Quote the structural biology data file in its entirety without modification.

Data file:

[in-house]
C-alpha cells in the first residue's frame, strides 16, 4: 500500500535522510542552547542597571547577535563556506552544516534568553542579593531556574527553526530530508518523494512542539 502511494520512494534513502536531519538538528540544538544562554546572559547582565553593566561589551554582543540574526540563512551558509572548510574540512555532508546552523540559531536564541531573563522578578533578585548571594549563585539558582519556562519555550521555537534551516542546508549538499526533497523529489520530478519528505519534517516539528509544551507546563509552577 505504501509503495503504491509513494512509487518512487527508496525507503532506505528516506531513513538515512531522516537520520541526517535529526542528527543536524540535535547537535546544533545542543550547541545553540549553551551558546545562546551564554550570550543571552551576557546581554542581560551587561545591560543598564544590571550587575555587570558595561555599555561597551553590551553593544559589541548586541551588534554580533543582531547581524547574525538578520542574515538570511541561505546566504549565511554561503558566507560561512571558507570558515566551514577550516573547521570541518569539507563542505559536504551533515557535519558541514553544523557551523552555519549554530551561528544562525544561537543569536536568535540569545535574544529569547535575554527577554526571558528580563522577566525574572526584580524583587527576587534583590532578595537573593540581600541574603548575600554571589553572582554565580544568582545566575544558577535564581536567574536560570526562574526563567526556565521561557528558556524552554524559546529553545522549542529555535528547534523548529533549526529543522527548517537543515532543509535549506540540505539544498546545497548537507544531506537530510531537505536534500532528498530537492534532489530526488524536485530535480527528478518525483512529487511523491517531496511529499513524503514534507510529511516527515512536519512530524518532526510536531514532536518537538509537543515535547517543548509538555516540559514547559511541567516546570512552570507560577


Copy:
[in-house]
C-alpha cells in the first residue's frame, strides 16, 4: 500500500535522510542552547542597571547577535563556506552544516534568553542579593531556574527553526530530508518523494512542539 502511494520512494534513502536531519538538528540544538544562554546572559547582565553593566561589551554582543540574526540563512551558509572548510574540512555532508546552523540559531536564541531573563522578578533578585548571594549563585539558582519556562519555550521555537534551516542546508549538499526533497523529489520530478519528505519534517516539528509544551507546563509552577 505504501509503495503504491509513494512509487518512487527508496525507503532506505528516506531513513538515512531522516537520520541526517535529526542528527543536524540535535547537535546544533545542543550547541545553540549553551551558546545562546551564554550570550543571552551576557546581554542581560551587561545591560543598564544590571550587575555587570558595561555599555561597551553590551553593544559589541548586541551588534554580533543582531547581524547574525538578520542574515538570511541561505546566504549565511554561503558566507560561512571558507570558515566551514577550516573547521570541518569539507563542505559536504551533515557535519558541514553544523557551523552555519549554530551561528544562525544561537543569536536568535540569545535574544529569547535575554527577554526571558528580563522577566525574572526584580524583587527576587534583590532578595537573593540581600541574603548575600554571589553572582554565580544568582545566575544558577535564581536567574536560570526562574526563567526556565521561557528558556524552554524559546529553545522549542529555535528547534523548529533549526529543522527548517537543515532543509535549506540540505539544498546545497548537507544531506537530510531537505536534500532528498530537492534532489530526488524536485530535480527528478518525483512529487511523491517531496511529499513524503514534507510529511516527515512536519512530524518532526510536531514532536518537538509537543515535547517543548509538555516540559514547559511541567516546570512552570507560577